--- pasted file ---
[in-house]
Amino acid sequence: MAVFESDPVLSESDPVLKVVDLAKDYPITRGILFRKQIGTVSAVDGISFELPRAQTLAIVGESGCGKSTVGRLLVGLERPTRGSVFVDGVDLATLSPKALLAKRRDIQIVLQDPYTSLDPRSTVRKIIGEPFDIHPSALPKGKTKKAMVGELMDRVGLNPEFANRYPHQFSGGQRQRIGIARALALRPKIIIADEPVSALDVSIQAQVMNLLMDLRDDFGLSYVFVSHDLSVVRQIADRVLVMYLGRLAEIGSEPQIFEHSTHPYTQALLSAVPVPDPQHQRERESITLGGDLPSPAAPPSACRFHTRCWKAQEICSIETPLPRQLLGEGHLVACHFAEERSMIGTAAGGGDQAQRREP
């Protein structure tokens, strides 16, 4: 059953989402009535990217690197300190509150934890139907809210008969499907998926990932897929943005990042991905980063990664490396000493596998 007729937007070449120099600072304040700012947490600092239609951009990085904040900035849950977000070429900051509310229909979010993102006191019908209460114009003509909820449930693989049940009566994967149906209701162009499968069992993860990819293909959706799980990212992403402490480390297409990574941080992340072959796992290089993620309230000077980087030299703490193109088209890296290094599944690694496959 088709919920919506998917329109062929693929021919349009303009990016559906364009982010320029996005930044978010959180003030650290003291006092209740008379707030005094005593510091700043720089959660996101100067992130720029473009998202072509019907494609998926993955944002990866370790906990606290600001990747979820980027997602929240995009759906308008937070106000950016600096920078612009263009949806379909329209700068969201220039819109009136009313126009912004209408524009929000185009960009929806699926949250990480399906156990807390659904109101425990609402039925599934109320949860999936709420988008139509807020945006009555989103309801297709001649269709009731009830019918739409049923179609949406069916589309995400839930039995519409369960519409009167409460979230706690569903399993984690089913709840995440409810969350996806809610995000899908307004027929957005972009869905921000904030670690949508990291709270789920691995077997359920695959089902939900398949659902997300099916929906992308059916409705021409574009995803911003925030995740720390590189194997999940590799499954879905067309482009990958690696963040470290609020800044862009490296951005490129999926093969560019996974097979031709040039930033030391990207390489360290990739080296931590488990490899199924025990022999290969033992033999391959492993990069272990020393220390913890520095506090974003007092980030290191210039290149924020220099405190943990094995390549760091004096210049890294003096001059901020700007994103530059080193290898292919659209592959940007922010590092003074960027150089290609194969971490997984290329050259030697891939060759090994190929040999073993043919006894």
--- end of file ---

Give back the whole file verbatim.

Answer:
[in-house]
Amino acid sequence: MAVFESDPVLSESDPVLKVVDLAKDYPITRGILFRKQIGTVSAVDGISFELPRAQTLAIVGESGCGKSTVGRLLVGLERPTRGSVFVDGVDLATLSPKALLAKRRDIQIVLQDPYTSLDPRSTVRKIIGEPFDIHPSALPKGKTKKAMVGELMDRVGLNPEFANRYPHQFSGGQRQRIGIARALALRPKIIIADEPVSALDVSIQAQVMNLLMDLRDDFGLSYVFVSHDLSVVRQIADRVLVMYLGRLAEIGSEPQIFEHSTHPYTQALLSAVPVPDPQHQRERESITLGGDLPSPAAPPSACRFHTRCWKAQEICSIETPLPRQLLGEGHLVACHFAEERSMIGTAAGGGDQAQRREP
């Protein structure tokens, strides 16, 4: 059953989402009535990217690197300190509150934890139907809210008969499907998926990932897929943005990042991905980063990664490396000493596998 007729937007070449120099600072304040700012947490600092239609951009990085904040900035849950977000070429900051509310229909979010993102006191019908209460114009003509909820449930693989049940009566994967149906209701162009499968069992993860990819293909959706799980990212992403402490480390297409990574941080992340072959796992290089993620309230000077980087030299703490193109088209890296290094599944690694496959 088709919920919506998917329109062929693929021919349009303009990016559906364009982010320029996005930044978010959180003030650290003291006092209740008379707030005094005593510091700043720089959660996101100067992130720029473009998202072509019907494609998926993955944002990866370790906990606290600001990747979820980027997602929240995009759906308008937070106000950016600096920078612009263009949806379909329209700068969201220039819109009136009313126009912004209408524009929000185009960009929806699926949250990480399906156990807390659904109101425990609402039925599934109320949860999936709420988008139509807020945006009555989103309801297709001649269709009731009830019918739409049923179609949406069916589309995400839930039995519409369960519409009167409460979230706690569903399993984690089913709840995440409810969350996806809610995000899908307004027929957005972009869905921000904030670690949508990291709270789920691995077997359920695959089902939900398949659902997300099916929906992308059916409705021409574009995803911003925030995740720390590189194997999940590799499954879905067309482009990958690696963040470290609020800044862009490296951005490129999926093969560019996974097979031709040039930033030391990207390489360290990739080296931590488990490899199924025990022999290969033992033999391959492993990069272990020393220390913890520095506090974003007092980030290191210039290149924020220099405190943990094995390549760091004096210049890294003096001059901020700007994103530059080193290898292919659209592959940007922010590092003074960027150089290609194969971490997984290329050259030697891939060759090994190929040999073993043919006894």